Raw milk from healthy, grass-fed, and pasture-raised cows is in a league of its own. Organically raised cows are happy, fed on their natural diet of grass and other cow-friendly foods. They enjoy access to sunshine and pasture grazing in summer, and in winter they feast on nutritious hay or silage.
Natural health advocates have long cautioned against drinking milk because of the increased risk of ear infections, asthma, and eczema associated with its consumption. This applies only to commercially produced milk, not raw milk from organic farms. Raw milk actually helps protect against allergic reactions(link is external) and boosts the immune system.
Raw milk is an incredibly complex whole food, complete with digestive enzymes and its own antiviral, antibacterial, and anti-parasitic mechanisms conveniently built into a neat package. It is chock-full of both fat and water-soluble vitamins, a wide range of minerals and trace elements, all eight essential amino acids, more than 60 enzymes, and CLA—an omega-6 fatty acid with impressive effects on everything from insulin resistance to cancer to cardiovascular disease. Raw milk is delicious medicine.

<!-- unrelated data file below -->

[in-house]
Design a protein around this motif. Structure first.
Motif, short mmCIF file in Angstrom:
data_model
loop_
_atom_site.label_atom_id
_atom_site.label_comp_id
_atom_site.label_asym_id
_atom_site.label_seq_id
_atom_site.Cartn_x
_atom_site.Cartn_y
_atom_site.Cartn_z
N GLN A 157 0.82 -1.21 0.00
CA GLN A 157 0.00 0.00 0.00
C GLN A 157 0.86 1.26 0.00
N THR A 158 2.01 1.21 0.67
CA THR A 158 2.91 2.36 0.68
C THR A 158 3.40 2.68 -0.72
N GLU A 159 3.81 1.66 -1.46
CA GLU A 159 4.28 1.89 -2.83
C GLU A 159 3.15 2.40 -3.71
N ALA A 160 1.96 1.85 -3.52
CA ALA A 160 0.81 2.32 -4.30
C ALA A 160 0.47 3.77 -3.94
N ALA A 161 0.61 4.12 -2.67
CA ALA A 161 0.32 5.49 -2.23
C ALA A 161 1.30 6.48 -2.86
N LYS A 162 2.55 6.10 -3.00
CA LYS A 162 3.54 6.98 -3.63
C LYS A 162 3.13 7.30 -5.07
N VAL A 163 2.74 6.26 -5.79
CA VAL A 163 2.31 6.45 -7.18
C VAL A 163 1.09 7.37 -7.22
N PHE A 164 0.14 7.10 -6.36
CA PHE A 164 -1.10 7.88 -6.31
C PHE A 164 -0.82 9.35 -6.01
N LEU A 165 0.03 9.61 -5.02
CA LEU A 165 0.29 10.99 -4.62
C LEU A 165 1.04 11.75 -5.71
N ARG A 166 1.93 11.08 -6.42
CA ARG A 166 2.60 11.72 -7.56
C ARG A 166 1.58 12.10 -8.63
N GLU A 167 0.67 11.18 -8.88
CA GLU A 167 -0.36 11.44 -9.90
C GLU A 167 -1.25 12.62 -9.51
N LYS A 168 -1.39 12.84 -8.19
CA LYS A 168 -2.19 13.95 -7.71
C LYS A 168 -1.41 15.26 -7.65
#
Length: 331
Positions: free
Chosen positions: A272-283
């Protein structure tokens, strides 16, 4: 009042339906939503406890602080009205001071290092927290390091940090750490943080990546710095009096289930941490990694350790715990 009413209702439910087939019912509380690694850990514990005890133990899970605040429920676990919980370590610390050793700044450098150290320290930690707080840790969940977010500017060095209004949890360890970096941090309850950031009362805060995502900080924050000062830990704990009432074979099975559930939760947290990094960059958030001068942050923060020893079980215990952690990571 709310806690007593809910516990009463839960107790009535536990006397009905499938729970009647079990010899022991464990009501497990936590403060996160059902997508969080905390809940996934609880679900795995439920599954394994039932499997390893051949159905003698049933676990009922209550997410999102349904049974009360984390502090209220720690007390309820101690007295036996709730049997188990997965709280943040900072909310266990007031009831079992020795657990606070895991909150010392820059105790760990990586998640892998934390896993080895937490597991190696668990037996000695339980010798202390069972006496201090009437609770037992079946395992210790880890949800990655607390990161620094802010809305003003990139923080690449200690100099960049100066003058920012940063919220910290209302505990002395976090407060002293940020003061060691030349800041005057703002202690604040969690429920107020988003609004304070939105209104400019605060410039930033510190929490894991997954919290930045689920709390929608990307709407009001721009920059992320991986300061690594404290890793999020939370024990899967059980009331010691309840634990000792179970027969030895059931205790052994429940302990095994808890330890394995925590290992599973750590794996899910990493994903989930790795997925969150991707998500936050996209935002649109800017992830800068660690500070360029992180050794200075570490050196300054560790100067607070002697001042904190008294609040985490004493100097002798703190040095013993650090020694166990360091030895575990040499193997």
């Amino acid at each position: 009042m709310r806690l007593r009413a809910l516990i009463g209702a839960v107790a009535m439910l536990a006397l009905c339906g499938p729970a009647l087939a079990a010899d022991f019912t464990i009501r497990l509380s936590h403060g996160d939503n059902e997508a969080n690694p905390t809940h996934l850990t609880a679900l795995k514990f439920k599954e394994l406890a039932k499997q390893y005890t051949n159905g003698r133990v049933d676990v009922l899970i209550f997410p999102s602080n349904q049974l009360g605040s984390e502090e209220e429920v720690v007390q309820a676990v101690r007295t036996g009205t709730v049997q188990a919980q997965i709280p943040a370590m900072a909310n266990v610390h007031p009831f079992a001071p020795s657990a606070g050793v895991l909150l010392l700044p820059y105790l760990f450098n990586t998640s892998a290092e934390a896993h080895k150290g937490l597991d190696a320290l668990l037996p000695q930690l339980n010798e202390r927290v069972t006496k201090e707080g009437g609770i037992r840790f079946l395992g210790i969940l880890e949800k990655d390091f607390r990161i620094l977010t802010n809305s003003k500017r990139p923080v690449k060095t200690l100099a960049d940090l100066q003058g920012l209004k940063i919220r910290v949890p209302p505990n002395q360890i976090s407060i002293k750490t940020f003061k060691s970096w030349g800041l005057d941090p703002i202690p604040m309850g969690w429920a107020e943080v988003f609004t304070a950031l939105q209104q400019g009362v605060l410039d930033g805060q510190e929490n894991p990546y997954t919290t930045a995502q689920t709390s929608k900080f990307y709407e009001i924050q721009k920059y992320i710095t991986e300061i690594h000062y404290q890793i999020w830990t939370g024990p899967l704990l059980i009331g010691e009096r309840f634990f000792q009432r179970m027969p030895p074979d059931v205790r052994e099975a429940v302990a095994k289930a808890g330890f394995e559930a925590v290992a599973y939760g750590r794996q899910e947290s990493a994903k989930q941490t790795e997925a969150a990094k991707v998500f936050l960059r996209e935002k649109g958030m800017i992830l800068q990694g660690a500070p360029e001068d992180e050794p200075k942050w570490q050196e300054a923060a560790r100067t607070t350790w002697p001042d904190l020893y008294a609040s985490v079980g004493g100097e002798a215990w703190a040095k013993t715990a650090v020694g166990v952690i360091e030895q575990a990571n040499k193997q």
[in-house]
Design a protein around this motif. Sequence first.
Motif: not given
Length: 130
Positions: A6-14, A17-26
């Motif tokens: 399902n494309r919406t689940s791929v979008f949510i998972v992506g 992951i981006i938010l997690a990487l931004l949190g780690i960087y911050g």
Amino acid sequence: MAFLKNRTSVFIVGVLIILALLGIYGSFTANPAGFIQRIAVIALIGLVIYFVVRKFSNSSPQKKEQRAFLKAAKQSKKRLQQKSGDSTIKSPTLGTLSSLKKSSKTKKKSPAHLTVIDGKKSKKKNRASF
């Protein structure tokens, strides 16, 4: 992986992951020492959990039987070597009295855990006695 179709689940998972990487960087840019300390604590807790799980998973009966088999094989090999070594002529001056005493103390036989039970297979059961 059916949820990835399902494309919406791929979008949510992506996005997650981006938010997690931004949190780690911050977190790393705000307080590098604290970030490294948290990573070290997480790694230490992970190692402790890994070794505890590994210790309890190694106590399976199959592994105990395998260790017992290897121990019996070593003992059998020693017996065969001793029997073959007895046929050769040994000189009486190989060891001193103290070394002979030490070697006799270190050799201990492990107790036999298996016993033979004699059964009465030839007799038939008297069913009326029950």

Commercial producers know their milk cannot be sold unpasteurized. To admit this would jeopardize their entire operation. Instead, they demonize raw milk, despite the fact that humankind has safely consumed milk in its natural state for thousands of years.
Both sides of the raw milk debate feel strongly about their respective positions, and both share valid concerns. Federal and state health agencies view the consumption of any raw milk as risky to human health. To them, milk is milk, and the only way to protect the public from the potential danger of pathogens such as salmonella, E. coli, and listeria is through pasteurization. According to statistics used by the FDA, raw milk has been linked to 1,837 cases of illness between 1998 and 2009. These led to 195 hospitalizations and two deaths. While the feds feel justified engaging in armed raids on farms, is this where we want our SWAT teams?